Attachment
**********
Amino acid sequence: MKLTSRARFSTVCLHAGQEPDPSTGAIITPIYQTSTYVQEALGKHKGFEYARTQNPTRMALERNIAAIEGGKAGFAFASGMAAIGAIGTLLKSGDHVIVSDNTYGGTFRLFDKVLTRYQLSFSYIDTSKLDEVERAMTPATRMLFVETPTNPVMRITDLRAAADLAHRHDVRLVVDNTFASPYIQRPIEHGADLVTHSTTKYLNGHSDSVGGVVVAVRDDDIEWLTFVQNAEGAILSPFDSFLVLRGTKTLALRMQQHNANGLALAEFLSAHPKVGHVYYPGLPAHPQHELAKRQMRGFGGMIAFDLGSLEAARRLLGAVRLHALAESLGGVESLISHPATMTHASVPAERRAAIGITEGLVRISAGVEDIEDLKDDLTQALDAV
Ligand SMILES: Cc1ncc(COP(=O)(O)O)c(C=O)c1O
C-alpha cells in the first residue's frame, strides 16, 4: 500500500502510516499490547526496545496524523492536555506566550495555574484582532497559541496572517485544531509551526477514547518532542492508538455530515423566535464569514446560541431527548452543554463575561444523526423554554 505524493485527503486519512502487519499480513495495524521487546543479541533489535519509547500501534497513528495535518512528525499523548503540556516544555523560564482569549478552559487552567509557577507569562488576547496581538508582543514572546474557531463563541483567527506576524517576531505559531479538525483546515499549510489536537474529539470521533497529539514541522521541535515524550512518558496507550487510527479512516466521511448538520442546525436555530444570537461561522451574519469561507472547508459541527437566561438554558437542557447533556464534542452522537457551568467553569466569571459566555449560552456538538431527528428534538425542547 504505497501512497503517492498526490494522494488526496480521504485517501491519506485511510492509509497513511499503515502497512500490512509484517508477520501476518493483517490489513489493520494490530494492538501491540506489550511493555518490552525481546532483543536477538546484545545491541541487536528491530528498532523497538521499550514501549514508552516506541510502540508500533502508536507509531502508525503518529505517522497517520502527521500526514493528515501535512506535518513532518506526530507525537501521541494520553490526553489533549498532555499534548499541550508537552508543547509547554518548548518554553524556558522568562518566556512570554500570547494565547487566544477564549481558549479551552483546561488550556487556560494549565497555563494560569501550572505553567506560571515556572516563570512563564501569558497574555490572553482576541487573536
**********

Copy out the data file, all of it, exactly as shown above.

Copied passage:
Amino acid sequence: MKLTSRARFSTVCLHAGQEPDPSTGAIITPIYQTSTYVQEALGKHKGFEYARTQNPTRMALERNIAAIEGGKAGFAFASGMAAIGAIGTLLKSGDHVIVSDNTYGGTFRLFDKVLTRYQLSFSYIDTSKLDEVERAMTPATRMLFVETPTNPVMRITDLRAAADLAHRHDVRLVVDNTFASPYIQRPIEHGADLVTHSTTKYLNGHSDSVGGVVVAVRDDDIEWLTFVQNAEGAILSPFDSFLVLRGTKTLALRMQQHNANGLALAEFLSAHPKVGHVYYPGLPAHPQHELAKRQMRGFGGMIAFDLGSLEAARRLLGAVRLHALAESLGGVESLISHPATMTHASVPAERRAAIGITEGLVRISAGVEDIEDLKDDLTQALDAV
Ligand SMILES: Cc1ncc(COP(=O)(O)O)c(C=O)c1O
C-alpha cells in the first residue's frame, strides 16, 4: 500500500502510516499490547526496545496524523492536555506566550495555574484582532497559541496572517485544531509551526477514547518532542492508538455530515423566535464569514446560541431527548452543554463575561444523526423554554 505524493485527503486519512502487519499480513495495524521487546543479541533489535519509547500501534497513528495535518512528525499523548503540556516544555523560564482569549478552559487552567509557577507569562488576547496581538508582543514572546474557531463563541483567527506576524517576531505559531479538525483546515499549510489536537474529539470521533497529539514541522521541535515524550512518558496507550487510527479512516466521511448538520442546525436555530444570537461561522451574519469561507472547508459541527437566561438554558437542557447533556464534542452522537457551568467553569466569571459566555449560552456538538431527528428534538425542547 504505497501512497503517492498526490494522494488526496480521504485517501491519506485511510492509509497513511499503515502497512500490512509484517508477520501476518493483517490489513489493520494490530494492538501491540506489550511493555518490552525481546532483543536477538546484545545491541541487536528491530528498532523497538521499550514501549514508552516506541510502540508500533502508536507509531502508525503518529505517522497517520502527521500526514493528515501535512506535518513532518506526530507525537501521541494520553490526553489533549498532555499534548499541550508537552508543547509547554518548548518554553524556558522568562518566556512570554500570547494565547487566544477564549481558549479551552483546561488550556487556560494549565497555563494560569501550572505553567506560571515556572516563570512563564501569558497574555490572553482576541487573536